Continuous flow systems and reduced antibiotic usage have also led to diarrhoea due to Lawsonia infections remaining at high levels in European pig farms, in growing and finishing pigs. The meeting reports included British data on increased cases of shedding of Lawsonia in growing pigs, using a faecal antigen detection system. Other studies indicated that variation occurs in the time of onset of infections of Lawsonia among groups of grower or finisher pigs between different batches of pigs, on any particular farm, from say 12 weeks-old in one group, to 16 weeks-old in the following group.

This European data provided confirmation of previous US studies on this phenomenon. Other studies on reduced feed digestibility, also provided confirmation of previous European studies into amino acid digestibility in pigs affected with Lawsonia proliferative enteropathy disease. The use of the effective commercial Lawsonia vaccine in European pigs has also been increasing, mainly with excellent results. However, the commercial product is a Lawsonia vaccine and not a diarrhoea vaccine, therefore any farm problem requires an emphasis on diagnosis to exclude and/or treat other endemic diarrhoea issues such as nutritional, PCV, brachyspira or the re-emerging E. coli problems. Many farms can have mixed infections with these various agents in their pigs.

Continuous flow systems and reduced antibiotic usage has also led to endemic Glässer's Disease remaining at high levels in nursery and grower pigs on many European farms. The gross evaluation of pigs at slaughter in a British study indicated high levels of pleurisy due to complex respiratory problems such as Glässer's disease. A well-conducted study by Prof Ritzmann's group in Munich further indicated that many cases of Glässer's Disease in European pigs had combined infections with Mycoplasma hyorhinis and the involvement of PRRS virus. Another well-conducted study by Dr Tijs Tobias at Utrecht University confirmed previous suggestions that Actinobacillus pleuropneumoniae (App) infections have a much higher spread among pigs in groups mixed within large pens, compared to groups kept in separate rooms.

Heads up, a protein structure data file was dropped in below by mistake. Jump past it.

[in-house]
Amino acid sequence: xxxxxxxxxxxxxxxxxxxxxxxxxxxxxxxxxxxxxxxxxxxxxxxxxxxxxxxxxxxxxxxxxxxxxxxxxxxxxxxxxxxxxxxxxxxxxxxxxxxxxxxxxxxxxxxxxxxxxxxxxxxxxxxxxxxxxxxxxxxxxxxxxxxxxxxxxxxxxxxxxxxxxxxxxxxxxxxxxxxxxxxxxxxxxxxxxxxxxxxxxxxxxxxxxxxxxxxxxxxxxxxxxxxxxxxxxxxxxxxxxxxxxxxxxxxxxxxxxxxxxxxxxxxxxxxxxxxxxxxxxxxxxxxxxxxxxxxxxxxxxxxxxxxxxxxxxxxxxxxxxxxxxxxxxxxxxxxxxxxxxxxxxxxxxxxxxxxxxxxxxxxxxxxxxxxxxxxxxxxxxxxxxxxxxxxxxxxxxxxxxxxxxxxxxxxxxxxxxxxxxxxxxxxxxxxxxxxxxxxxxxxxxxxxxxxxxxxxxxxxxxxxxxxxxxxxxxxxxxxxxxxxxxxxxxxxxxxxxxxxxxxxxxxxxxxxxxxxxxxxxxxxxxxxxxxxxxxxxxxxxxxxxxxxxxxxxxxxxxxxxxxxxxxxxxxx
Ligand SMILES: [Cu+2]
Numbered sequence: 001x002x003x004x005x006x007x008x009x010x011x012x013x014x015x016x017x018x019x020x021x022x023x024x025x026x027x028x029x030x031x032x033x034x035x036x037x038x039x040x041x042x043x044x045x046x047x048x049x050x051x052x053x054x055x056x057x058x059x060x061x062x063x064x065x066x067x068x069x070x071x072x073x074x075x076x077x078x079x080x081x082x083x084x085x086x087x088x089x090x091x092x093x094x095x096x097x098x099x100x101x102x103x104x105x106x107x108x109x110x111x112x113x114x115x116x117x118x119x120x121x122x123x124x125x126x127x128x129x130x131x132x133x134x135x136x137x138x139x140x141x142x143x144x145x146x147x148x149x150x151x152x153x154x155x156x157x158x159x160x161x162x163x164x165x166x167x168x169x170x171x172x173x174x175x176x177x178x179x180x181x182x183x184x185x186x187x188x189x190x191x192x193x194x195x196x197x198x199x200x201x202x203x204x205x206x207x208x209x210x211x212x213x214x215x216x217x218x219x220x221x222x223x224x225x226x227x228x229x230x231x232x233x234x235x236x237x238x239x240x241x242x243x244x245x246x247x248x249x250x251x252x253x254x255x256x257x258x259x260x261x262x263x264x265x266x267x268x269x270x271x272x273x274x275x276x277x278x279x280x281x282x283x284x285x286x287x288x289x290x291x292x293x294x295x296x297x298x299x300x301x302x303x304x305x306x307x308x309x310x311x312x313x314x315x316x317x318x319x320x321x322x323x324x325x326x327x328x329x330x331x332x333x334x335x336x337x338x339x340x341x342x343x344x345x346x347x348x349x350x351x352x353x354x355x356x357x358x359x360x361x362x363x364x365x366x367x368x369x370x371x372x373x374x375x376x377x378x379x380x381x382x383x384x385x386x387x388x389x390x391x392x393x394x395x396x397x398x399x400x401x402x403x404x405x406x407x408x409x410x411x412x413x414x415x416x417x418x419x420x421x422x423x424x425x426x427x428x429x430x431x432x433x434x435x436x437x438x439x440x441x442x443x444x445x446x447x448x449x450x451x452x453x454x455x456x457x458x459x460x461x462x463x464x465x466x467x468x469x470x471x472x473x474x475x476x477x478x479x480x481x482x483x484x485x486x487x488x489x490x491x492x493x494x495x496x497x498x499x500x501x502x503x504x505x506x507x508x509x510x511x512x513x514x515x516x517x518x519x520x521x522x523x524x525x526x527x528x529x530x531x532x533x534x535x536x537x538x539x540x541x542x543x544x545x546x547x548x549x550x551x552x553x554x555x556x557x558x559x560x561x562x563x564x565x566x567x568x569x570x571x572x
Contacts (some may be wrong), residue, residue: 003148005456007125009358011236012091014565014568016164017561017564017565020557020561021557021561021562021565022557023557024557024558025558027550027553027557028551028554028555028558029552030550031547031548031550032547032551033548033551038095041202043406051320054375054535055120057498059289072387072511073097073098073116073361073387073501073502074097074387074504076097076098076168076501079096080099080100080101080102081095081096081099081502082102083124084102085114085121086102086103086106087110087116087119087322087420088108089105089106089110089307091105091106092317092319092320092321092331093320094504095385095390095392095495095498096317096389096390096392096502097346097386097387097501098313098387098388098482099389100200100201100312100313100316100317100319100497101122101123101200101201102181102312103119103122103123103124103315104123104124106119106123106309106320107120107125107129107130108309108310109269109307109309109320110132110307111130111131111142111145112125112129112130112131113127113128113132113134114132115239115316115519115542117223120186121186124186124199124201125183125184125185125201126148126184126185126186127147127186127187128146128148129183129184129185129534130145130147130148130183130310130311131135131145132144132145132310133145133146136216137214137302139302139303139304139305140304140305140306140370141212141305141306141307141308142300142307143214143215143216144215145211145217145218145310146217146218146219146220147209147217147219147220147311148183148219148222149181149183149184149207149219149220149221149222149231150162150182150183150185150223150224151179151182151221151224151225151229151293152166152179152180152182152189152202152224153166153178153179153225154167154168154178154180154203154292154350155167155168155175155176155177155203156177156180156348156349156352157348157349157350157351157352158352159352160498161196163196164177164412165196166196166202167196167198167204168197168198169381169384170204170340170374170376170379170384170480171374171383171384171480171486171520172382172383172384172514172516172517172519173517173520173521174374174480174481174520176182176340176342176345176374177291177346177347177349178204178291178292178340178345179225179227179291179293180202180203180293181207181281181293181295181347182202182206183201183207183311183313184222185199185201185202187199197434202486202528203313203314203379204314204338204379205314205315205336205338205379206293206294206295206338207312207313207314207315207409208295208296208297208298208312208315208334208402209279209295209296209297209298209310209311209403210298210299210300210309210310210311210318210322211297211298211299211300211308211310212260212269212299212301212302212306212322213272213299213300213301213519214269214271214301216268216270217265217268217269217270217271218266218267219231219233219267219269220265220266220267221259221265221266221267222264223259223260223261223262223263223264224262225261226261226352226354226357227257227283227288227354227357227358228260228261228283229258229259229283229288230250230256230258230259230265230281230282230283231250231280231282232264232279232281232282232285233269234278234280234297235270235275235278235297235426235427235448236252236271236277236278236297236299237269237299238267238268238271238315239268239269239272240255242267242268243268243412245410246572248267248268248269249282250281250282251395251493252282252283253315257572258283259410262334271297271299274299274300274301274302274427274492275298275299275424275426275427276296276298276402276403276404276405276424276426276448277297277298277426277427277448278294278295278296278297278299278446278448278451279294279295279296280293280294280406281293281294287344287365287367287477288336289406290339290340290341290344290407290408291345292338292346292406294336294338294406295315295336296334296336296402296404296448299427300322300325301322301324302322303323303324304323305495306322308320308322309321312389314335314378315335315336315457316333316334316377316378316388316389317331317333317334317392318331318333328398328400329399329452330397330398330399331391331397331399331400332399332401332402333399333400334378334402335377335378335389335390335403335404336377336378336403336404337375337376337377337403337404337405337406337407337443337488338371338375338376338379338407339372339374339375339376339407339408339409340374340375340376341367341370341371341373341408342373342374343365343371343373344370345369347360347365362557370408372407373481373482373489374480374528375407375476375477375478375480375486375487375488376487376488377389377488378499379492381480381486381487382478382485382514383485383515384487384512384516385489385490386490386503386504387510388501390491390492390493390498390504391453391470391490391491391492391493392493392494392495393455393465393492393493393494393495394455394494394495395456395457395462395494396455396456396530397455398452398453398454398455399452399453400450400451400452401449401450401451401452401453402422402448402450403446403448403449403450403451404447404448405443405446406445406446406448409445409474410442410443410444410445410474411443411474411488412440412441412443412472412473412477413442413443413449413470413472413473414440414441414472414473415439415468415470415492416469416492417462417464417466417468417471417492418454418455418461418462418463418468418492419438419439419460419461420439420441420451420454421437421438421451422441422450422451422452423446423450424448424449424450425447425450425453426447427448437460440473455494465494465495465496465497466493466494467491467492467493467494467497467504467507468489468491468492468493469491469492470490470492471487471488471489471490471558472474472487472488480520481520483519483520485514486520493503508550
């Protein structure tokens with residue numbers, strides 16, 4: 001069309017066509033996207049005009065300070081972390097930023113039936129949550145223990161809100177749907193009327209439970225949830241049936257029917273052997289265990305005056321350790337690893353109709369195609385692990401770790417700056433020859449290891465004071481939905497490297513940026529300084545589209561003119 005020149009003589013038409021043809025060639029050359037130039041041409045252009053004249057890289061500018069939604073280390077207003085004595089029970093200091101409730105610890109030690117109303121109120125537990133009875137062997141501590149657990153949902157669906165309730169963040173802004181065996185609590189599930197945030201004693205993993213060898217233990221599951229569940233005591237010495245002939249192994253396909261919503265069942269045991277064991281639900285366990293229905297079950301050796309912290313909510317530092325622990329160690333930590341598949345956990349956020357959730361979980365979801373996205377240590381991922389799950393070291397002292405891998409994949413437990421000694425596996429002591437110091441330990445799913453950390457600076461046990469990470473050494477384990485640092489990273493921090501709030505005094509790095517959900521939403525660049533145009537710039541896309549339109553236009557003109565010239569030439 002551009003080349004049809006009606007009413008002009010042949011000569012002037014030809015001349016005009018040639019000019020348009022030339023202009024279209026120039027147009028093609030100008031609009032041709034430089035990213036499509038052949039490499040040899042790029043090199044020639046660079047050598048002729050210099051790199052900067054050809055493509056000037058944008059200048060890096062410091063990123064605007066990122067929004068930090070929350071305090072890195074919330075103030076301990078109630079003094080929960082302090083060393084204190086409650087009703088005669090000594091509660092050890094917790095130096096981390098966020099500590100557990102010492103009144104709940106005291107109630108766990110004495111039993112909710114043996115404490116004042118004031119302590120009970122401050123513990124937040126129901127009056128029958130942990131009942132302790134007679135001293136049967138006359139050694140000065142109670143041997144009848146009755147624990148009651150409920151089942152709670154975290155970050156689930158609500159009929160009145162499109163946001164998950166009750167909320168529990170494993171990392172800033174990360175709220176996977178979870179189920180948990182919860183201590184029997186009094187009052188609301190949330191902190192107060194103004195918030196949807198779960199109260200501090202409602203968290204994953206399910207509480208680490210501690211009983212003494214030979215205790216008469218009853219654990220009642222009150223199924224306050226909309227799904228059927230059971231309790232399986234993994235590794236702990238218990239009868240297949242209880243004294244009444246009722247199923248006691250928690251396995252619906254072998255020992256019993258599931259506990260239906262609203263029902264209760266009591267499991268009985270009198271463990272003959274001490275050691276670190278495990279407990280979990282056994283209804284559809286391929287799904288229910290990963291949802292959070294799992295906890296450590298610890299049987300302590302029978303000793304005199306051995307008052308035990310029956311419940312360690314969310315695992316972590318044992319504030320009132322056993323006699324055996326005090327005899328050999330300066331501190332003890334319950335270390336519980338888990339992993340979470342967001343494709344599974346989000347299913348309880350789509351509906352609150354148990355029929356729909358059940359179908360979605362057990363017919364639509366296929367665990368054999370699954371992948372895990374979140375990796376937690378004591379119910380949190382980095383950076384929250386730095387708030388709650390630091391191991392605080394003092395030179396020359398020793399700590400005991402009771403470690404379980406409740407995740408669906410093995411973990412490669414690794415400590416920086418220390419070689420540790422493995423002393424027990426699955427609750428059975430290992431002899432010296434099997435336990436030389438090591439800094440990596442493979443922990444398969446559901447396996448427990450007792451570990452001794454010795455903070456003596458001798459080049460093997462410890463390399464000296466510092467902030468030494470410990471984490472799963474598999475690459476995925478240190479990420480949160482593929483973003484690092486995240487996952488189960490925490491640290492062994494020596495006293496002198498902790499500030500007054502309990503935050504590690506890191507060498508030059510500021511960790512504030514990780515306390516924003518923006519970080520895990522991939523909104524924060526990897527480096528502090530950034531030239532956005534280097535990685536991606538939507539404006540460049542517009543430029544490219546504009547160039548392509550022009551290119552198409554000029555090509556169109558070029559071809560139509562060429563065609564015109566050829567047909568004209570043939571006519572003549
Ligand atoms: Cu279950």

Other studies at the 2014 meeting examined the possibility of successful regional eradication programmes for endemic bacterial diseases, such as Mycoplasma hyopneumoniae or swine dysentery. These eradication programmes encompassing all the farms within a particular region remain technically feasible, but relatively unlikely, mainly due to organisational issues and the likelihood of the unwanted occurrence of recurrence of infection following successful eradication on any particular farm. The number of antibiotics likely to be of any use for these types of control programmes also remains low, with useful available products limited in Europe to perhaps only tiamulin or aivlosin.

The lack of research programmes into novel antibiotics, partly due to the high cost of regulations involving new drug registration in Europe, means that the possibility of new antibiotics arriving on the scene to assist livestock health and food production remains low.

[Source: Pig Progress magazine Vol 30 nr 6, 2014]